Boost for fledgling Somali government

Somali lawmakers have elected a permanent speaker for their newly inaugurated parliament, which is striving to restore a functional government in the war-torn country.

Lawmakers are aiming to end 13 years of anarchy in Somalia
Lawmakers are aiming to end 13 years of anarchy in Somalia

Sharif Hassan Shaikh Aden was elected speaker on Wednesday with 161 votes, beating 10 other contestants from five clans in Somalia.

In all, 267 of the 275-member assembly voted when lawmakers met on the southern outskirts of the Kenyan capital of Nairobi.

The parliament, sitting in Nairobi instead of the Somali capital Mogadishu due to security concerns, was being presided over by Hirsi Bulhan Farah, who was elected early this month on a temporary basis.

“What is of paramount importance is that Somalia gets a government to stand on its feet again,” Aden, who is a businessman based in Dubai, said.

“The exercise was very democratic … I promise to work with all those who voted for and against me,” he said.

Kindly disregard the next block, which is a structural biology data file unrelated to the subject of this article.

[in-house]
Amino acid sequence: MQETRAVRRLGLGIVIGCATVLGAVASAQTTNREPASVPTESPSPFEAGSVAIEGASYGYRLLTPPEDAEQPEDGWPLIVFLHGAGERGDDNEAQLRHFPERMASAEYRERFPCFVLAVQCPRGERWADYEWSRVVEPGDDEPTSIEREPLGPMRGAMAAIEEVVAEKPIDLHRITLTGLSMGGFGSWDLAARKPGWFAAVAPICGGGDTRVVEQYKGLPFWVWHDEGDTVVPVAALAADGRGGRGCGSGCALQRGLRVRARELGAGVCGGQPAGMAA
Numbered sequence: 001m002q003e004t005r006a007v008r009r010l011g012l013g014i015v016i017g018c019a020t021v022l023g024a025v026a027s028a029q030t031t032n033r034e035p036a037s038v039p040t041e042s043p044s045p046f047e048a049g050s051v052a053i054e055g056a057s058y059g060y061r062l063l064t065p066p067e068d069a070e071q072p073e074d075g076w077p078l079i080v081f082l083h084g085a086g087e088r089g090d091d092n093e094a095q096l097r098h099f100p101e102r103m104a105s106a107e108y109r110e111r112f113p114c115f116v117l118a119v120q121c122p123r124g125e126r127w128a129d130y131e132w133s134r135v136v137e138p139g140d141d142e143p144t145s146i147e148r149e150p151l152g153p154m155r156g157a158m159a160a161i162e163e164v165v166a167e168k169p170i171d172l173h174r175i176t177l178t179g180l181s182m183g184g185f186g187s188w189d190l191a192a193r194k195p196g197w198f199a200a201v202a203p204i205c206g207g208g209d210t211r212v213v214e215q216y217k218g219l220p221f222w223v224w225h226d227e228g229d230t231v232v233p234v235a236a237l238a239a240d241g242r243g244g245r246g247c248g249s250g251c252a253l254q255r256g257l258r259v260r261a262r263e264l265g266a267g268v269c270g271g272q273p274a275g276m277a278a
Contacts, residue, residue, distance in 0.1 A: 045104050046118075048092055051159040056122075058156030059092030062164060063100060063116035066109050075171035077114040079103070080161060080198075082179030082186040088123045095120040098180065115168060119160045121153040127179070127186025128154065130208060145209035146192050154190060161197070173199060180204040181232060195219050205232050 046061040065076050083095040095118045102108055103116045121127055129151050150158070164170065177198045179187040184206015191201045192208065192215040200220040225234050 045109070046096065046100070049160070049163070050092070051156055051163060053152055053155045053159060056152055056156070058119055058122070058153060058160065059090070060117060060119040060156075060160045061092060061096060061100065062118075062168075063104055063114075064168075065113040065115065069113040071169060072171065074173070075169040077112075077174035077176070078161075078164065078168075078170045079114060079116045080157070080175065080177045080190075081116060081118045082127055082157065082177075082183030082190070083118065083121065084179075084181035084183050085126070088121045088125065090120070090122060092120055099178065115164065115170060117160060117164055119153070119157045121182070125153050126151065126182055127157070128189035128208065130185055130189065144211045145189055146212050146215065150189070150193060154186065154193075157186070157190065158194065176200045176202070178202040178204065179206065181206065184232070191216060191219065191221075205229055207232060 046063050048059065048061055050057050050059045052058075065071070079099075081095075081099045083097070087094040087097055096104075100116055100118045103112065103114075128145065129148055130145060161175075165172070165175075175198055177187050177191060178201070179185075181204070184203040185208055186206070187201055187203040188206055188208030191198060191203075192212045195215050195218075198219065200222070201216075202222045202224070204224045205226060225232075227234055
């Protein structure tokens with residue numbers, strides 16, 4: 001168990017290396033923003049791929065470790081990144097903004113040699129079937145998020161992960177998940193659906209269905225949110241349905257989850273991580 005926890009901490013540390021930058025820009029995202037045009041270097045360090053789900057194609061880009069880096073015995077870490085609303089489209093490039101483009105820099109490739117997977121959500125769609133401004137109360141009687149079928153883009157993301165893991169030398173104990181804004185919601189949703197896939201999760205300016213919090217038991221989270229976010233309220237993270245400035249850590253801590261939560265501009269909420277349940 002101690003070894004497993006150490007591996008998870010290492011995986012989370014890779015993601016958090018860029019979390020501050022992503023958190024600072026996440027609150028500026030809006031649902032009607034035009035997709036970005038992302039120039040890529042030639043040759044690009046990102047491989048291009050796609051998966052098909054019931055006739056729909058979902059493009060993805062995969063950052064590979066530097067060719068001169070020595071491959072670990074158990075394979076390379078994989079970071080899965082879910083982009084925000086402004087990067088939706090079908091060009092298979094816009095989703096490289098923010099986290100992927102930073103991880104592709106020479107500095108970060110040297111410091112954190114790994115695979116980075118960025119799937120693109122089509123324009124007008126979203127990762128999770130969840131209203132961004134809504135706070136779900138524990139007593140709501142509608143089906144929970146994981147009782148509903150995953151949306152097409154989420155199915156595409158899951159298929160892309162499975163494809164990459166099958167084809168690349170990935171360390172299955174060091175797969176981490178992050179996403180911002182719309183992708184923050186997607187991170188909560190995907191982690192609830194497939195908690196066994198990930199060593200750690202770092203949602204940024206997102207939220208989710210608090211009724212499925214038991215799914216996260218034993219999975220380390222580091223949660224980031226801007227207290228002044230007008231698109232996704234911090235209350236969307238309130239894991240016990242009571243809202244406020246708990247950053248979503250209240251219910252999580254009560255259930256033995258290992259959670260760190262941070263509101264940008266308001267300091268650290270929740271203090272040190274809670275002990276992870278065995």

Aden will act as the head of state until the lawmakers vote in a president on 22 September.

Fraud alleged

But Aden’s victory was tainted by allegations of fraud by a losing candidate.

“There was absolute corruption here,” Muhammad Nur said. “I will not accept losing this election.”

Somalia is the only country in the world without a government for the last 13 years.

Lawless Somalia is regarded as a classic example of ‘failed state’

Lawless Somalia is regarded as a
classic example of ‘failed state’

The transitional parliament was inaugurated on 22 August and is due to last for an initial period of five years before elections are to take place.

No functional parliament or government to speak of has existed in Somalia since 1991, the year controversial president Muhammad Siad Barre fled the country amid clan warfare.

There followed 13 years of factional bloodletting that turned Somalia into the archetypal “failed state”.

Aden’s election coincided with heavy fighting that erupted in Somalia’s Lower Juba region between supporters of two warlords, leaving behind an unknown trail of casualties.

Source: News Agencies

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